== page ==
Autopilot’s second use in colloquial English is an implicit acknowledgement of a uniquely modern problem: the paradox of automation. The better automatic systems become, the less adept humans become at a task (or operating manually).
To keep going with the airplane analogy, the paradox of automation is perhaps best demonstrated by the tragic Air France crash where the plane’s automatic systems failed and the pilots - desperately confused - manually guided the plane into the Atlantic Ocean.
But it’s not just air disasters: technology affects us in more everyday aspects, too. Our memories, for instance, have changed quite fundamentally. With nearly ubiquitous online access, it’s become unnecessary to retain knowledge.
Could a robot be a colleague?
An AI was the star of the show at the recent Unit4 conference in Amsterdam. The Dutch software house was just the latest to roll out it’s AI voice assistant, Wanda. Still in its nascent form, Wanda is limited but from speaking to Unit4’s senior team, it’s clear they have big ambitions for it.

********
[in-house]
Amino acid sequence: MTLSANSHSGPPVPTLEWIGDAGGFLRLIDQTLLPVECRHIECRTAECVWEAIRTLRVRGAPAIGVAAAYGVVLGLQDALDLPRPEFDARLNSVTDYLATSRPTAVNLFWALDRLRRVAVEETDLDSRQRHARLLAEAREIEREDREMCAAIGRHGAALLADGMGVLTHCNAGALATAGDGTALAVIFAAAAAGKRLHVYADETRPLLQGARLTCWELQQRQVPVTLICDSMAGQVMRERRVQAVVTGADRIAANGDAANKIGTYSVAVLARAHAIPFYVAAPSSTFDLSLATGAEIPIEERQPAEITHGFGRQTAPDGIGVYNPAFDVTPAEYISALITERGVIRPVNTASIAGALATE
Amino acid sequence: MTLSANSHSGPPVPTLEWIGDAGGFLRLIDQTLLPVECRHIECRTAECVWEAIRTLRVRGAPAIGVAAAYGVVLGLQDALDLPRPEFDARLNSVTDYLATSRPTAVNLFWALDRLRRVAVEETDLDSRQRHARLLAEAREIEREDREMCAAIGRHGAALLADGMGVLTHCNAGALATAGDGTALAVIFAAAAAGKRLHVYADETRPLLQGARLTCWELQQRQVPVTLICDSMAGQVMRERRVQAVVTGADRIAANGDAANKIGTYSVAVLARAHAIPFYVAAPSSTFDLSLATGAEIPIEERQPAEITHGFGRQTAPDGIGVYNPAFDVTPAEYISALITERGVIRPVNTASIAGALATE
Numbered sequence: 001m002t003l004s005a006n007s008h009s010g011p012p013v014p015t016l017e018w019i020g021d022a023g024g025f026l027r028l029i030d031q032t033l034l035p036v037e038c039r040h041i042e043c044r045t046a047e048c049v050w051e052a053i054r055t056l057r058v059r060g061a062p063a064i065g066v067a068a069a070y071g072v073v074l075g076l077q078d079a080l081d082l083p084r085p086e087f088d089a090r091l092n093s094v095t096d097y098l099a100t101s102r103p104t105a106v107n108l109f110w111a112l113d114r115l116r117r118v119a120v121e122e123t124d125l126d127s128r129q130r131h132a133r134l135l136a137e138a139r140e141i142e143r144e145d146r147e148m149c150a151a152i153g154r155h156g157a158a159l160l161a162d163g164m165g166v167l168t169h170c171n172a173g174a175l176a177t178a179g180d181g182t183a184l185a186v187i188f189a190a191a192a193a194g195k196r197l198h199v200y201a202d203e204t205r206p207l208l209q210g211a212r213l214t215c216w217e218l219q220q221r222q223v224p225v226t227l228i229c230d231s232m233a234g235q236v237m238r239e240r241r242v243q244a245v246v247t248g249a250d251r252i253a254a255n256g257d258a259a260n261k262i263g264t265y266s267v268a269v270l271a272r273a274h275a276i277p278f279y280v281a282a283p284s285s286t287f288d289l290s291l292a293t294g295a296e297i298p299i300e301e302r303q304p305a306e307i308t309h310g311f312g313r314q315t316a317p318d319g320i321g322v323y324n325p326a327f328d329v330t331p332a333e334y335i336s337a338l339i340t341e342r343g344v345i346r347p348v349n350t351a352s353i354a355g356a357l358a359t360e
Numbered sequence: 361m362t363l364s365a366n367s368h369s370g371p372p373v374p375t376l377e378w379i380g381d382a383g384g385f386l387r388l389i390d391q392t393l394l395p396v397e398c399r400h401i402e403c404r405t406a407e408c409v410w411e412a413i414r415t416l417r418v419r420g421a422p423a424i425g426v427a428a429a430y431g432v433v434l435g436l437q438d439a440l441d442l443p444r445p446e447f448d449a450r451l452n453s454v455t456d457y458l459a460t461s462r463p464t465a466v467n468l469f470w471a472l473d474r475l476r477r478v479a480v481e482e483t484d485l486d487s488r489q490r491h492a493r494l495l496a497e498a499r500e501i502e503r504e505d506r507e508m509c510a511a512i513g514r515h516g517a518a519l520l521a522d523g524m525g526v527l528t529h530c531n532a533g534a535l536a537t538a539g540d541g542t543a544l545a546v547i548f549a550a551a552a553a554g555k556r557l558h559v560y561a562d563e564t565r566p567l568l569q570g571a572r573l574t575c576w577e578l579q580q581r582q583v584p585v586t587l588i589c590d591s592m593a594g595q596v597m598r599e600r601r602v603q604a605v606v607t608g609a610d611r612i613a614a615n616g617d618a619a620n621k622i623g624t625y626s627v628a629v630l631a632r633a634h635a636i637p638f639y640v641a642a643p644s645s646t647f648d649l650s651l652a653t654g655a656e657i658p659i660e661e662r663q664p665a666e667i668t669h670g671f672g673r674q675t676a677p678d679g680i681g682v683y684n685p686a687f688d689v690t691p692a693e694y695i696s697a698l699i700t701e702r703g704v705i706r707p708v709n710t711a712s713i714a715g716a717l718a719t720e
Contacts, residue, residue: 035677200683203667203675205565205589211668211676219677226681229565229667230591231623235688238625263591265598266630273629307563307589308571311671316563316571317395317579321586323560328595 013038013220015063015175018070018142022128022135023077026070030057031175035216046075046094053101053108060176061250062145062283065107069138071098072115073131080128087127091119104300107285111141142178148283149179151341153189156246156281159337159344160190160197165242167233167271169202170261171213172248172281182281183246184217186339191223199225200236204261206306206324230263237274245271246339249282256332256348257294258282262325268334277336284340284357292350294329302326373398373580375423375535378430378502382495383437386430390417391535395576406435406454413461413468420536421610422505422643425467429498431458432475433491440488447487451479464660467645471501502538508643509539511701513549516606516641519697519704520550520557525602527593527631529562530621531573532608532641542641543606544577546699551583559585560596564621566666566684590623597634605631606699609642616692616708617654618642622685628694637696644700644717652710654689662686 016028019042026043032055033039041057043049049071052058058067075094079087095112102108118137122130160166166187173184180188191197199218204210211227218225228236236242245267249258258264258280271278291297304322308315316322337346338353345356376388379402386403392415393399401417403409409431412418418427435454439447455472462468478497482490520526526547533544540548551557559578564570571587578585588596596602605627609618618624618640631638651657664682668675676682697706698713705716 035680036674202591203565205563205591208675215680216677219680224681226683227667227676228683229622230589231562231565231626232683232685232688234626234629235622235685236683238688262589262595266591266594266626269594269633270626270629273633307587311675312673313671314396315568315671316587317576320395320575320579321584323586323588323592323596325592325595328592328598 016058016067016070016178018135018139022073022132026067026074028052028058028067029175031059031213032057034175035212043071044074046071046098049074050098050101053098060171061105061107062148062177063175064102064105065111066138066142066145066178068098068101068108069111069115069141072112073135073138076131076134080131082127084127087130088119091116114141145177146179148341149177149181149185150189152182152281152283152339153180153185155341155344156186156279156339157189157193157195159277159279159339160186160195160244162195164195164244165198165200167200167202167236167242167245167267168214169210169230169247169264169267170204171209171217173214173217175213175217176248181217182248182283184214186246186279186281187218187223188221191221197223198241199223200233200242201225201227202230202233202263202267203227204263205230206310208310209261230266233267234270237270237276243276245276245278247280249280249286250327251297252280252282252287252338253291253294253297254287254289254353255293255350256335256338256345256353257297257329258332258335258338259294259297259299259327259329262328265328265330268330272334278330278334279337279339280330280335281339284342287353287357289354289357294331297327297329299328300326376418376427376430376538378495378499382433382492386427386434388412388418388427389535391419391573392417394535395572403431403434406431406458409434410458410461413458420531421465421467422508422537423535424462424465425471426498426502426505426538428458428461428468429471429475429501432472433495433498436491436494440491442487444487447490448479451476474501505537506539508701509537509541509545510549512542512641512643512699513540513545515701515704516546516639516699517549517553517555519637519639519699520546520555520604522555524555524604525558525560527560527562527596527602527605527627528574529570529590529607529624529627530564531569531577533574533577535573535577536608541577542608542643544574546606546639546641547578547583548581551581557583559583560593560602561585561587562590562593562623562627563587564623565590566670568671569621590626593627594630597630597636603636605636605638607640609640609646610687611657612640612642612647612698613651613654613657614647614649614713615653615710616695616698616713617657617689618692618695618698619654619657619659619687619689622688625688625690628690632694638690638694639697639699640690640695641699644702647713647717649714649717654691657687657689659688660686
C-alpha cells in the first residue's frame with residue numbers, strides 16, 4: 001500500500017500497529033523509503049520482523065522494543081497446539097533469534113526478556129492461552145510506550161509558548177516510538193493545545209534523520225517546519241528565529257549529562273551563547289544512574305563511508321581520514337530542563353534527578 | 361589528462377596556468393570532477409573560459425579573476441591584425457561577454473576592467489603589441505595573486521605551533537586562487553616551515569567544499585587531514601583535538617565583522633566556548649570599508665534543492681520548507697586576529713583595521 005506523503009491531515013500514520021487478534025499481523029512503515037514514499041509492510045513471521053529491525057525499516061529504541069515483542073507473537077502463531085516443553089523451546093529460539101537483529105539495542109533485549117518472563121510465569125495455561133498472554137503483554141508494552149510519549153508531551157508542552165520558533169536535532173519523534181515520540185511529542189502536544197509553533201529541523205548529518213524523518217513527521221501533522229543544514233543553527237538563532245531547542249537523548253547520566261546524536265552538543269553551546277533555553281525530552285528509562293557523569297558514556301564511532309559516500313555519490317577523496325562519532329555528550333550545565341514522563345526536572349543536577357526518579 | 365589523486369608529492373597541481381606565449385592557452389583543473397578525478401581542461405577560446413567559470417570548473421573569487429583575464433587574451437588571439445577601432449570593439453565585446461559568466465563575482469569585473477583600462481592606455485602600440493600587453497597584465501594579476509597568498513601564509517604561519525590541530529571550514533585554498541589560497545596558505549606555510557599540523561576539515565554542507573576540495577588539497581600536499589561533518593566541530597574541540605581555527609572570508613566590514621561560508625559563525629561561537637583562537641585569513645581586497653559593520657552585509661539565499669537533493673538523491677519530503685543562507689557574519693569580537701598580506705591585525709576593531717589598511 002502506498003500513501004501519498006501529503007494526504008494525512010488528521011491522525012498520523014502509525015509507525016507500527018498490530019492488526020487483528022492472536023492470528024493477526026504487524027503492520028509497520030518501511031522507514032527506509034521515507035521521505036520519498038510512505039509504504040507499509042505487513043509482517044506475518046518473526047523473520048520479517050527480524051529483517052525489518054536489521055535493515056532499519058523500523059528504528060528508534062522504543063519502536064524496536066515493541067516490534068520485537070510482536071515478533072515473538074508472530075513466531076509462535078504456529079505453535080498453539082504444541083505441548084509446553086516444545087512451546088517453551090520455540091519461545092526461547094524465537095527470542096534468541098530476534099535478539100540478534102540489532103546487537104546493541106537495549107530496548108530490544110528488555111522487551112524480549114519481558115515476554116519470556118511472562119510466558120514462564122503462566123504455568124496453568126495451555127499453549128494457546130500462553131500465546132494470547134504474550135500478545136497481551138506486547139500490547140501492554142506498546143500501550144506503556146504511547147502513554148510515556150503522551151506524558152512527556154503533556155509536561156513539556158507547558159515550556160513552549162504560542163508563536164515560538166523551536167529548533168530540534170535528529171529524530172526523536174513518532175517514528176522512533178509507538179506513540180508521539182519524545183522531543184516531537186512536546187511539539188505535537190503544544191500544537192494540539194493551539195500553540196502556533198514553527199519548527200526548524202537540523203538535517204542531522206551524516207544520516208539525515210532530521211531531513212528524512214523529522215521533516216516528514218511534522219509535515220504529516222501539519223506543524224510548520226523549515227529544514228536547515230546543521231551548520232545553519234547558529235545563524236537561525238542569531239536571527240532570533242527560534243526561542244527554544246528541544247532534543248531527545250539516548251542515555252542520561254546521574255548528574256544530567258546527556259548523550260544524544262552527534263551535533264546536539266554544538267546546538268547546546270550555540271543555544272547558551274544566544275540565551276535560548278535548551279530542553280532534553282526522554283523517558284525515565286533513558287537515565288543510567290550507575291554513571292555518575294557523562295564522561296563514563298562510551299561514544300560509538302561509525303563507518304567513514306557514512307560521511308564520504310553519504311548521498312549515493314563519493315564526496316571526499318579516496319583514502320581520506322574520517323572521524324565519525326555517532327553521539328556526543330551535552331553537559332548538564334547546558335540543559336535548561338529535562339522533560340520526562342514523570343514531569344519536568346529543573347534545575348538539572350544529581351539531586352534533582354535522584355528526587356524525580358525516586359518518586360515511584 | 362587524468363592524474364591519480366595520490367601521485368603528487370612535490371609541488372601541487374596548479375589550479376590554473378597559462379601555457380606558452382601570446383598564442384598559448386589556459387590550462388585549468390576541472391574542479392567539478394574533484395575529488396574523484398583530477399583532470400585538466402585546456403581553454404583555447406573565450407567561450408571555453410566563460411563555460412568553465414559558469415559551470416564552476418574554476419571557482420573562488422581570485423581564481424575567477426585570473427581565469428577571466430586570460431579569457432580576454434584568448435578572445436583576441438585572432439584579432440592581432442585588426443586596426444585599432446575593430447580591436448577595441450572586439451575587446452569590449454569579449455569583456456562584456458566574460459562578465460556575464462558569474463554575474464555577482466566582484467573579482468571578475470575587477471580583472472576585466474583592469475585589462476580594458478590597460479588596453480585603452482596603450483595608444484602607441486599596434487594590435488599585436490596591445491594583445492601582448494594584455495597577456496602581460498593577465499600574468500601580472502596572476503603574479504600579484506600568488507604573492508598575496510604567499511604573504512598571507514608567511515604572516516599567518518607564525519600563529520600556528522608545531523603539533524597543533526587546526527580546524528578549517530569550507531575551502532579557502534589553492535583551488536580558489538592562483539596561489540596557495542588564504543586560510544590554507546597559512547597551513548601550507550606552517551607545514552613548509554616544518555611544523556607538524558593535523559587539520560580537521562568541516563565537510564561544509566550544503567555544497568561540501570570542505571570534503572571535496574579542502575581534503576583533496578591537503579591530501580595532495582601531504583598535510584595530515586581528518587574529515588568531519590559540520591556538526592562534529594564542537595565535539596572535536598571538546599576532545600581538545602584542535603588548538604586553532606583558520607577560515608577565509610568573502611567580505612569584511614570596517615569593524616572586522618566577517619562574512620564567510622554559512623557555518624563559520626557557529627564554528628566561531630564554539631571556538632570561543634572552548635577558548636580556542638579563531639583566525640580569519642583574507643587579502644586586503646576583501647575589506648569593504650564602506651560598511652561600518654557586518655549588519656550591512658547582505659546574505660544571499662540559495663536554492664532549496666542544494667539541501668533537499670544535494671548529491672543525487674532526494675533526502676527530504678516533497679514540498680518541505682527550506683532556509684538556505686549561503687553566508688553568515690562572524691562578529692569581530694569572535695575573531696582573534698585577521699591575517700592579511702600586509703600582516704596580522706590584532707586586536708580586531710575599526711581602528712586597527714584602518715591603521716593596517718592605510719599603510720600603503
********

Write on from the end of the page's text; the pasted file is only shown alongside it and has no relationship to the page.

“We’re focusing on AI-based functionality and Wanda is one of the use cases,” explained Matthias Thurner, founder of the ERP and forecasting tool Prevero, acquired by Unit4 in 2016. “Wanda will allow you to literally talk to your system. You can ask it ‘Hey, what do the revenues in the UK look like’?”
It’s clear Unit4 - and other software companies - envision a workplace where these AIs aren’t just assistants but colleagues, working and operating in a self-directed way and even acting autonomously.
But isn’t that a tad risky? “It’s intimidating because you definitely learn to depend on the system,” said Thurner. “Especially with AI. There are some areas where the system might come up with a suggestion for you - but it cannot explain to you why.
“If a colleague makes a suggestion, you can ask them why and they can explain - but that’s something an AI can’t really do.” The solution, according to Thurner, is an old-fashioned human quality: trust. “The only way to trust an AI is to use it, and if you have good experiences, then you will start to trust it.”
But this doesn’t quite solve the corrosive impact automation can have on the human at the helm. We aren’t living in the era of genius level, general AIs (that’s still years away). Any contemporary AI still needs experienced oversight; a person to step in once things go south. But manual operation requires practice and experience.